Possession and home cultivation of cannabis become legal in the Australian Capital Territory (ACT) at the end of the month, but a lack of provisions to establish an approved marijuana supply chain likely means the area’s illicit market will continue unabated. The ACT, home to Canberra, Australia’s national capital, passed measures in June that make it the first of the country’s jurisdictions to legalize cannabis for personal use.
Under the laws that go into effect on January 31, adults in the ACT will be permitted to possess up to 50 grams of dried cannabis or 150 grams of fresh marijuana. Using cannabis will be permitted in private homes but not in public or in the presence of children.
Home cultivation of up to two cannabis plants per adult or four per household will also be legalized, although hydroponic gardening will not be allowed. Plants that are in public view or accessible to children are also not permitted.
But no allowances for the sale or commercial cultivation of cannabis were written into the laws. No dispensaries will be opening and gifts of cannabis from one adult to another remain against the law. Even the sale of cannabis seeds will still be illegal. The ACT government has said that the laws are focused on “harm minimization” and are not intended to legitimize the distribution of cannabis.
“This approach seeks to ensure that adults who are in possession of cannabis do not have to face the prospect of criminal penalty for possession and are more easily able to seek help for addiction or treatment for the adverse effects of cannabis,” a government spokesperson said. “It is not the Government’s intention to legalize the gifting of cannabis between individuals, other acts of supply, or the commercial sale of cannabis.”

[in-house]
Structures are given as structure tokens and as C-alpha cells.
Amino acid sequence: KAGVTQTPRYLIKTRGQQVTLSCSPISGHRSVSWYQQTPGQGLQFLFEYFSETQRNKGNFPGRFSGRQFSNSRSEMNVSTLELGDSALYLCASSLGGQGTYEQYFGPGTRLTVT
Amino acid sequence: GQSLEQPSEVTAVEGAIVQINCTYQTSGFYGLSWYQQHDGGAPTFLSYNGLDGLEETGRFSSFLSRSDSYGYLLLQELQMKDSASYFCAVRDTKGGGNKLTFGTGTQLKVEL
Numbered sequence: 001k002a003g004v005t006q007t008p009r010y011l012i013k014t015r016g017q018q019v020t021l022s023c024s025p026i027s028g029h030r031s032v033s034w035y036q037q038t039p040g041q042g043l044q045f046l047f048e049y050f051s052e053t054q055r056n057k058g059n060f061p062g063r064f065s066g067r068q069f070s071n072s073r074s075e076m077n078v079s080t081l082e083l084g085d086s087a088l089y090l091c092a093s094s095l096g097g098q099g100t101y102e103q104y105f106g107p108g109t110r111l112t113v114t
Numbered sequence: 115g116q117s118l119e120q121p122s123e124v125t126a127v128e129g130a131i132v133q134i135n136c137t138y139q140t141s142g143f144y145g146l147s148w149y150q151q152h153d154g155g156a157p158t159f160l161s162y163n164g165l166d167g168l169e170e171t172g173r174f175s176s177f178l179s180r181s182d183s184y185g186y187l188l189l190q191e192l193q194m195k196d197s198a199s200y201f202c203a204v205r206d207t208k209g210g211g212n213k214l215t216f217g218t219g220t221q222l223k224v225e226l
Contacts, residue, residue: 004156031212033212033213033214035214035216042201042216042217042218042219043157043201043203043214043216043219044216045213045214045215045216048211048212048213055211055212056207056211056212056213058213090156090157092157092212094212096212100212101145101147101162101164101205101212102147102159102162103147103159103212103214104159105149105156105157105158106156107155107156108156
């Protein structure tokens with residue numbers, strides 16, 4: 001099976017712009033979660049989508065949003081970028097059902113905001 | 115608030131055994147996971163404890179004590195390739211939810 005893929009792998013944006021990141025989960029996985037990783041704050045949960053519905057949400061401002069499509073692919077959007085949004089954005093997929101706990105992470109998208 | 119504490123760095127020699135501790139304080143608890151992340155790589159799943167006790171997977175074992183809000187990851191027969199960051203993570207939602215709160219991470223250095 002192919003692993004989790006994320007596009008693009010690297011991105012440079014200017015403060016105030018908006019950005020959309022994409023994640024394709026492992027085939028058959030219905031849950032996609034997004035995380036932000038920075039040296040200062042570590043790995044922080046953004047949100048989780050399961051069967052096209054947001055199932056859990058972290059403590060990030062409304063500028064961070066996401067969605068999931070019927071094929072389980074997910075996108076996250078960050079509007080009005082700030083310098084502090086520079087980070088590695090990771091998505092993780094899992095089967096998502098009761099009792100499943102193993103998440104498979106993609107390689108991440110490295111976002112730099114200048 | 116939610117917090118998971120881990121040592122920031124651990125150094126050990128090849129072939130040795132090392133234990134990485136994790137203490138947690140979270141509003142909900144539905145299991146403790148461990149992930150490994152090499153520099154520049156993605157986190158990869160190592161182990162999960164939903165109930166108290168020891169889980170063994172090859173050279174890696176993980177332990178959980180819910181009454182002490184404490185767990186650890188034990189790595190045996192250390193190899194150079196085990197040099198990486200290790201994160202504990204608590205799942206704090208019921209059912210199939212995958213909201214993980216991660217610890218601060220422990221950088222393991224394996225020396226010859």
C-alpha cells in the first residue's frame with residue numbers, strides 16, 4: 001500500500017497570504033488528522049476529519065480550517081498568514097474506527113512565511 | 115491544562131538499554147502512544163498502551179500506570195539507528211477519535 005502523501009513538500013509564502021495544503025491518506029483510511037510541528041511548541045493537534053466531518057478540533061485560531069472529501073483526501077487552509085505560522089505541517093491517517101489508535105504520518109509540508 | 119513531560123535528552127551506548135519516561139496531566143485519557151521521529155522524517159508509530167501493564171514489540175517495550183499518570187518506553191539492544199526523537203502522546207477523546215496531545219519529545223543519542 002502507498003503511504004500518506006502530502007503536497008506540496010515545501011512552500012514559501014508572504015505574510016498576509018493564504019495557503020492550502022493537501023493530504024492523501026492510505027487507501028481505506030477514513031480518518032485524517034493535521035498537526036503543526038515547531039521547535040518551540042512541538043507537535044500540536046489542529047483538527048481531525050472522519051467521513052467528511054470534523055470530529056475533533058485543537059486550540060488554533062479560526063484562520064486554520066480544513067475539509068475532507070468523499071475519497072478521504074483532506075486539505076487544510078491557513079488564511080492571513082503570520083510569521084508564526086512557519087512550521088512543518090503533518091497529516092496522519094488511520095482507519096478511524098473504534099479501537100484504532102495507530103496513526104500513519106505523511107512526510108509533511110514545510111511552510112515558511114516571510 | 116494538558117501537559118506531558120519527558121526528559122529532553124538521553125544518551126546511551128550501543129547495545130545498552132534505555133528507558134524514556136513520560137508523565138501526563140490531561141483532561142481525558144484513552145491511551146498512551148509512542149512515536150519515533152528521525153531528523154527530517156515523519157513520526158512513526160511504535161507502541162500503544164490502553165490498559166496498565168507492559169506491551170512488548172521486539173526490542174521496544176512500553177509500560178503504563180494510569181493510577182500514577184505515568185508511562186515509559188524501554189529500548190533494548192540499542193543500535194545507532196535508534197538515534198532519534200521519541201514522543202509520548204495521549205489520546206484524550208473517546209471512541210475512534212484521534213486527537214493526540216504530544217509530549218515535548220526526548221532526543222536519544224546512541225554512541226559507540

Professor Simon Lenton of the National Drug Research Institute at Curtin University in Perth said the new laws will leave most cannabis users with no choice other than continuing to buy their marijuana through the illicit market.
“Either they’re going to go to the illegal market or they’re going to miss out,” he said. “It really is a problem for how the majority of people in the ACT who smoke cannabis are going to access the cannabis.”
Lenton added that the legalization of cannabis clubs, which were considered by lawmakers while legalization was being drafted but failed to gain approval, would help alleviate the problem of legal supply. Under the social club model, up to 10 adults could pool their resources and legal plant counts to produce cannabis collectively at a single property. Only registered members of the club would be permitted access to the cannabis produced by the collective.
“It’s a way of providing cannabis in a restricted market without the problems of widespread availability, rampant commercialisation and profit-driven advertising to people who are regular cannabis users,” he said. “Rather than having them go to the illicit market.”
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